We picture the following sequence of events (Fig. 1): 1) a case of suspected COVID-19 patient is detected by any telephone service or doctor requested of a visit in the presence of symptoms or contact with a confirmed COVID-19 case; 2) a team composed by a radiographer and a nurse go to patient's home to perform CXR using a mobile equipment, nasopharyngeal swab (and, if needed, also a blood sample); 3) clinical information and CXR images are sent to a radiology department through a protected web-based tool; 4) a radiologist immediately reports the examination; 5) the report is sent to the general practitioner or any other clinician for the best decision-making; 6) the team, being still at patient's home, can explain to patients and their family what to do and, if necessary, to start applying home isolation. The RT-PCR result will be considered as soon as it is available and a diagnostic pathway including history of contacts with COVID-19 patients, symptoms, CXR and RT-PCR result may guide the clinical decision-making.
      Fig. 1
      Fig. 1Schematic representation of home management of patients with suspect severe acute respiratory syndrome coronavirus 2 (SARS-CoV-2) infection. Icons made by “http://www.freepik.com/” and “https://www.flaticon.com/authors/flat-icons”, authors: “Nikita Golubev”, “catkuro”, “Those Icons” and “photo3idea_studio”.
      To reduce health care workers potential exposure to COVID-19, general precautions should be adopted while performing CXR and pharyngeal swab. The worker should wear a N95 mask or higher, disposable fluid-resistant gown, a pair of disposable gloves, goggles or visor for eye-protection. CXR machine should be covered with plastic sheeting to facilitate disinfection. After acquisition, CXR machine must be disinfected with low- or intermediate-level disinfectant, disposables properly disposed, and workers washed their hands [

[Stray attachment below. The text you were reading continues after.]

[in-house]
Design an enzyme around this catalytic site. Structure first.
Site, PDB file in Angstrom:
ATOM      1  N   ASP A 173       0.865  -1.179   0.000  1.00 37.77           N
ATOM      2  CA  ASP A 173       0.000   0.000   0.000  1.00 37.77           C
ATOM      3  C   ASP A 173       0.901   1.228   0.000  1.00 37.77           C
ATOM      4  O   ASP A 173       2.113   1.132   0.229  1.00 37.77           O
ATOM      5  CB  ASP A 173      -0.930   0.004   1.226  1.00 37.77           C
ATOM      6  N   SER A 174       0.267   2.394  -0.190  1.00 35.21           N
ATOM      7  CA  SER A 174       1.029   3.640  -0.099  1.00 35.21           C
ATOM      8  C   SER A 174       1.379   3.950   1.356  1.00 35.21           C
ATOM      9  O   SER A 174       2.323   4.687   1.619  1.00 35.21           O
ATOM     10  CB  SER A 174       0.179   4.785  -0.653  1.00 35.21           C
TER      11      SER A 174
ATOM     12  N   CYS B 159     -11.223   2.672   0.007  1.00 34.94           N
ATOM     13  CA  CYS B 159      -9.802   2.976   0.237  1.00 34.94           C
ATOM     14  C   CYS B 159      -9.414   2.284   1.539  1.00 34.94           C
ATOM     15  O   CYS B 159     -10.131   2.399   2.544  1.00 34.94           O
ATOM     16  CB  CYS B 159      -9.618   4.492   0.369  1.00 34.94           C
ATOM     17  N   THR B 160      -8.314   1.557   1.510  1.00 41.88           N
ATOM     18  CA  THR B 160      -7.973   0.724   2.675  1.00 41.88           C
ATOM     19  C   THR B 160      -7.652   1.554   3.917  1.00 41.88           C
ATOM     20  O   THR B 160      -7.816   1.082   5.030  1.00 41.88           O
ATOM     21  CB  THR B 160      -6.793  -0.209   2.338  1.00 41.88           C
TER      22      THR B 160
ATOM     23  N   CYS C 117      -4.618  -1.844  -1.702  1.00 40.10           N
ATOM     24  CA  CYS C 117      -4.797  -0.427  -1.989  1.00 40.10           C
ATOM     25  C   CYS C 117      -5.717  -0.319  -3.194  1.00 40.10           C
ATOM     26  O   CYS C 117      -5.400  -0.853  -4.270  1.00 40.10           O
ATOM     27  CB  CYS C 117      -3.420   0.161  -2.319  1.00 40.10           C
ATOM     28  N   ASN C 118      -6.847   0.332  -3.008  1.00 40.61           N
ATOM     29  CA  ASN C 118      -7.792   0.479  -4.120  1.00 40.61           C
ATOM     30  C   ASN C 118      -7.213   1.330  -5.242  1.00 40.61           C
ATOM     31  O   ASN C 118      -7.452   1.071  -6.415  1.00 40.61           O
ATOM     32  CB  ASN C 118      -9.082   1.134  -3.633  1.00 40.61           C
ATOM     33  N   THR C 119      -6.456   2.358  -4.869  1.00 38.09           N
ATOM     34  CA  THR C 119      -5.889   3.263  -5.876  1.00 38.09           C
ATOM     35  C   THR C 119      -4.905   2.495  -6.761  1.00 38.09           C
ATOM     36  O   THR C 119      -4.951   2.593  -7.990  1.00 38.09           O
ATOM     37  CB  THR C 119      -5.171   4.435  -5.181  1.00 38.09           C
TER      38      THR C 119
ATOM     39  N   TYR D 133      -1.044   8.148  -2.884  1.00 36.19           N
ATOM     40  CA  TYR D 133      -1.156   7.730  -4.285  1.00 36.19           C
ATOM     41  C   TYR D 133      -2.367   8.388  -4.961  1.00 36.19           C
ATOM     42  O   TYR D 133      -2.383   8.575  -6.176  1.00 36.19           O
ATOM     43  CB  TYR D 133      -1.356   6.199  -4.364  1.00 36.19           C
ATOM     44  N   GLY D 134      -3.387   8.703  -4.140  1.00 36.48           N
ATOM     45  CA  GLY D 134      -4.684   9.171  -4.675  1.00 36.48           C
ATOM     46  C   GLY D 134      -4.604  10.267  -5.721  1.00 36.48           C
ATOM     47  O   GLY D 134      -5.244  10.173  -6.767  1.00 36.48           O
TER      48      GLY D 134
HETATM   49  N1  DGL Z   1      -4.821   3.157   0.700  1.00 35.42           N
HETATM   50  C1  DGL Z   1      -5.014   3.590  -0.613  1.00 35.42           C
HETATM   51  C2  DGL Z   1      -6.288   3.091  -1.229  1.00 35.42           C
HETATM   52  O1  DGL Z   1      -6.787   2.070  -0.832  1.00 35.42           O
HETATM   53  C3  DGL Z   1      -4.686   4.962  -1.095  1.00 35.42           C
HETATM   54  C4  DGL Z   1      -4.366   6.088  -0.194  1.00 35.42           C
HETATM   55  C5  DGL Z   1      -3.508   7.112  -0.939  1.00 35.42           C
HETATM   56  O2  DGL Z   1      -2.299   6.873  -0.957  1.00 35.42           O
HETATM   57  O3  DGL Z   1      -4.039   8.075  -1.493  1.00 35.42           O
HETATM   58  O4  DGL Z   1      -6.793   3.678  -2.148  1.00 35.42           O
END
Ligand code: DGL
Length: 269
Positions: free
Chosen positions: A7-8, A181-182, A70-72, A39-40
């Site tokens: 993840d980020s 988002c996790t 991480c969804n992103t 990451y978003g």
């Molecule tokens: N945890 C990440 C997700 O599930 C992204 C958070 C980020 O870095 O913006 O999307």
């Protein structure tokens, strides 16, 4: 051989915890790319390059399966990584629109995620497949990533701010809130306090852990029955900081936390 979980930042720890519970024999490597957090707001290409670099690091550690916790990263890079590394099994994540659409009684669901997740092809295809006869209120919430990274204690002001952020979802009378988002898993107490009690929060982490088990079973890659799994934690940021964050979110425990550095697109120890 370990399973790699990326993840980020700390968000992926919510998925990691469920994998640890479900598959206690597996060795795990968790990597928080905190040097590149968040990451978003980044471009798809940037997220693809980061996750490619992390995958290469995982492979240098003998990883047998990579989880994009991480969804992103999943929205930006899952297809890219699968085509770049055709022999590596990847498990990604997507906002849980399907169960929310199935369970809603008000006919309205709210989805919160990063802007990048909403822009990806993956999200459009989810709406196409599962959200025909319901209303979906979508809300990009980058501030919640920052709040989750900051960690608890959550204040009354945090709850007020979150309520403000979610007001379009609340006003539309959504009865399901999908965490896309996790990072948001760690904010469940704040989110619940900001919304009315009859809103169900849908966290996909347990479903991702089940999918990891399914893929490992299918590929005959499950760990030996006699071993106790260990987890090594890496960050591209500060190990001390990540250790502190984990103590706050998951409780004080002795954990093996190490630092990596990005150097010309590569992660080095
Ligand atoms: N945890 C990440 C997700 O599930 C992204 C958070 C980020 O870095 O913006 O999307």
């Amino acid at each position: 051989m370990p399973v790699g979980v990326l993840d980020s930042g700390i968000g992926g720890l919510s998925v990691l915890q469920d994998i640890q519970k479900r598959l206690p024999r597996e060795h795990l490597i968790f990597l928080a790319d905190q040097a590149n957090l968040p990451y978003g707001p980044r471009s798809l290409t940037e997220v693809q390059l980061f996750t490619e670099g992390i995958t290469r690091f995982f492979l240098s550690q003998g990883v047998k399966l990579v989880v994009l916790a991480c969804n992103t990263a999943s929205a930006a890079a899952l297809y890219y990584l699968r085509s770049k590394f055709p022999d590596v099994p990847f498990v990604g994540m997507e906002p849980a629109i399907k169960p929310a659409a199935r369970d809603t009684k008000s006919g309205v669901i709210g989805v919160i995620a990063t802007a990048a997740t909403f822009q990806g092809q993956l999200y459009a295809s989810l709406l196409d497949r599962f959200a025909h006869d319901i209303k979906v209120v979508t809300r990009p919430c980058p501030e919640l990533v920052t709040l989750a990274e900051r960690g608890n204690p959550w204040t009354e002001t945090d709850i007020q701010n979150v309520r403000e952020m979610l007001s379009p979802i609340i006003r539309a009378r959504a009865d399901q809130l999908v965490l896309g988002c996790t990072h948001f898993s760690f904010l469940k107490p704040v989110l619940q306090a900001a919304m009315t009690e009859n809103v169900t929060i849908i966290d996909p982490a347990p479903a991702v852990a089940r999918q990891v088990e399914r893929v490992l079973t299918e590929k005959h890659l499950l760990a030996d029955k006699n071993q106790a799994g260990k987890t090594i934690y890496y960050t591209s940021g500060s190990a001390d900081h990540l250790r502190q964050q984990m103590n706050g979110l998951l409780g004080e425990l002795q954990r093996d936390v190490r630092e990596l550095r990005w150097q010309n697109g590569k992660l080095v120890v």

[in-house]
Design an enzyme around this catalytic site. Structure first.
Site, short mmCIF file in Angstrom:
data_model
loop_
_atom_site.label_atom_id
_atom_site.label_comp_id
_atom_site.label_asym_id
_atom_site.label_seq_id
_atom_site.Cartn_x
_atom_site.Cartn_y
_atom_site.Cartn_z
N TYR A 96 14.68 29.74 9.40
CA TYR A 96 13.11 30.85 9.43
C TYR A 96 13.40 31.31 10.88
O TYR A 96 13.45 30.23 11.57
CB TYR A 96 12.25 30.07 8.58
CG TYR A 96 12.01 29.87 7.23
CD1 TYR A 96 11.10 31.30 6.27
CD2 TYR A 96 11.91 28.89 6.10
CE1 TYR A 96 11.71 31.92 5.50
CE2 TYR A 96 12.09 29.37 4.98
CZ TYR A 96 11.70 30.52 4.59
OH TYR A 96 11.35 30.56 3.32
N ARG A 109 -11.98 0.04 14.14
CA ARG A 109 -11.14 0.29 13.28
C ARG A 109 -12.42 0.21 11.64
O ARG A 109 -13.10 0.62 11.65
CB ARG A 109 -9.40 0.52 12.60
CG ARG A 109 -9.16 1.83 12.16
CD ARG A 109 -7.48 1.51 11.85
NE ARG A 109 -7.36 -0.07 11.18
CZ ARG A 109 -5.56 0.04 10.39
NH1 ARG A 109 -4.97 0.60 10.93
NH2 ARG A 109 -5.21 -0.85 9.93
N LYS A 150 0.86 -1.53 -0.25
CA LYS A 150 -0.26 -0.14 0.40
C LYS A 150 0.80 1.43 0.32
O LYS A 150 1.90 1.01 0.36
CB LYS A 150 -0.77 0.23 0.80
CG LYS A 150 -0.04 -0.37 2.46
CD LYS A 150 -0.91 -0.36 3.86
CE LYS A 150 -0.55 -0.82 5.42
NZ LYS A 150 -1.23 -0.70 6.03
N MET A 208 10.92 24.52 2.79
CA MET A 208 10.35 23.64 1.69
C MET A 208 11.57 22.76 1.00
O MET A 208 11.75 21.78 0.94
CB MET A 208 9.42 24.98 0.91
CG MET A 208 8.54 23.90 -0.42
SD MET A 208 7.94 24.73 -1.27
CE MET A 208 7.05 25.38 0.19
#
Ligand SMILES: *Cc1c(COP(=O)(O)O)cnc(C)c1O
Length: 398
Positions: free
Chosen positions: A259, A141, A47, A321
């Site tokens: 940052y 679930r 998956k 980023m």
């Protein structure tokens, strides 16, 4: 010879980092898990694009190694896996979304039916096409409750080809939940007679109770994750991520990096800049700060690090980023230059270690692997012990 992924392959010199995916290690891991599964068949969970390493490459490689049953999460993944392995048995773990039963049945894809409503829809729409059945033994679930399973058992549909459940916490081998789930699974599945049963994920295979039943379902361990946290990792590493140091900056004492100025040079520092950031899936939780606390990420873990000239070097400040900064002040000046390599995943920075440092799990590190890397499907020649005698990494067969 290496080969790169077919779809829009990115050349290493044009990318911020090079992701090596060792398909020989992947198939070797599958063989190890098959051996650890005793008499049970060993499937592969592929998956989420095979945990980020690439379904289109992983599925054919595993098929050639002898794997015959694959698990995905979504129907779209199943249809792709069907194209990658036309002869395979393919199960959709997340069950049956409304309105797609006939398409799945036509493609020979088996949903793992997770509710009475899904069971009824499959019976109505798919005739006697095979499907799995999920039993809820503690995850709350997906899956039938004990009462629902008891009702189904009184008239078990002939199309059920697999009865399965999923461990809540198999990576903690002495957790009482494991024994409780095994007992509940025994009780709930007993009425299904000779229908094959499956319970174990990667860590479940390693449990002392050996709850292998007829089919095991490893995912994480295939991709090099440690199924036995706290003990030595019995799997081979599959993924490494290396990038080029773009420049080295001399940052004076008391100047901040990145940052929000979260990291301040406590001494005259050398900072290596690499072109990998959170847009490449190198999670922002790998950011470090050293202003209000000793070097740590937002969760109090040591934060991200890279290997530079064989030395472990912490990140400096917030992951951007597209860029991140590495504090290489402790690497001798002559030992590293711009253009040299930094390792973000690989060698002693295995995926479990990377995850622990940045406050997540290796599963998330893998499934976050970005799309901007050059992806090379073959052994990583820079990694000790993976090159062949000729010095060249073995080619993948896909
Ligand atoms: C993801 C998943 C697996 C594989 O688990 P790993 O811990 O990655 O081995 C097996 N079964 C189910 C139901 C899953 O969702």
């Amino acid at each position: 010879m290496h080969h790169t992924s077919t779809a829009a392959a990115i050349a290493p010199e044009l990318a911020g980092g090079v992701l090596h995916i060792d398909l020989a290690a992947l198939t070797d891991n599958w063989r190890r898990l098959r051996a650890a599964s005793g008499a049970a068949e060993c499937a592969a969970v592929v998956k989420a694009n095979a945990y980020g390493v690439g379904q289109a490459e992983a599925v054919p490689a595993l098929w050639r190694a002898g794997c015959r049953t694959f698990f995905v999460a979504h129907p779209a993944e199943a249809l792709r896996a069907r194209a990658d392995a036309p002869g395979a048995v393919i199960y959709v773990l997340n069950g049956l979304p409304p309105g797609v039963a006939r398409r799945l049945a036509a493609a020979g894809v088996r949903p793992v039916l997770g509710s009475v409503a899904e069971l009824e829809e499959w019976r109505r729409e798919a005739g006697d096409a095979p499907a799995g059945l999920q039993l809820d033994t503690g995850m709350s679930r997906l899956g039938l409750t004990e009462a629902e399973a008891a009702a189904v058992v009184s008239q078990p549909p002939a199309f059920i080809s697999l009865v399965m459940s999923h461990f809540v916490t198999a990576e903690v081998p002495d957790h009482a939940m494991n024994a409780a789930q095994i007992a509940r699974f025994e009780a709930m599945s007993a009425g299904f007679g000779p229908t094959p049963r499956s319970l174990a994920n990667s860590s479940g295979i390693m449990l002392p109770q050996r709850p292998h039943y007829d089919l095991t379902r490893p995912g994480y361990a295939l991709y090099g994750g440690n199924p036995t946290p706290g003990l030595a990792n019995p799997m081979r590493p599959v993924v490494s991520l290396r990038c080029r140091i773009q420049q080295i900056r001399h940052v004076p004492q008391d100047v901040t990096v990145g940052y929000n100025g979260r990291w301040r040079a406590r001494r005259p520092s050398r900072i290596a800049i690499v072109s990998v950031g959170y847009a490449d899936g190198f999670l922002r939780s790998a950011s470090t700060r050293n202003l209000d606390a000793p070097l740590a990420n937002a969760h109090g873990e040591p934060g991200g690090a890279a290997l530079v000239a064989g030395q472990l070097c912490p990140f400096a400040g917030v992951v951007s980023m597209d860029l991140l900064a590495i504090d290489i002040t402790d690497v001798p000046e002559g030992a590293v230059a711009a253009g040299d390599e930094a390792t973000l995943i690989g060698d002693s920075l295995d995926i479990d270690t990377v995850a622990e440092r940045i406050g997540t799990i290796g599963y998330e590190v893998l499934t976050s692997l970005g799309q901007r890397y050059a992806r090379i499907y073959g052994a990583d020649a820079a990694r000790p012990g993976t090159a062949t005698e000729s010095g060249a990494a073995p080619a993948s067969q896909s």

• Kooraki S.
      • Hosseiny M.
      • Myers L.
      • Gholamrezanezhad A.
      Coronavirus (COVID-19) outbreak: what the Department of Radiology Should Know.
      ].
      This approach brings healthcare to patient's home, reducing the risk of infected subjects referring to family doctors' office or emergency departments. Further advantages include the following: a) cleaning and disinfecting of all imaging equipment, including mobile x-ray machine and detectors can be performed quietly and carefully during the wait for the radiological report; b) the approximate effective radiation dose administered by modern integrated digital x-ray mobile units is very low (for an anteroposterior CXR, about 0.1 mSv, tenfold less than that usually delivered by a modern chest CT scan, about 1.0–1.5 mSv, as reported by the 2007 Recommendations of the International Commission on Radiological Protection (http://www.icrp.org/publication.asp?id=ICRP%20Publication%20103); c) the mobile equipment is relatively cheap and light (total weight less than 20 kg for some models); d) the overall cost of this approach should be lower than that including a general practitioner visit, nurse performing the swab and the possible transportation to a medical center or hospital for getting chest imaging.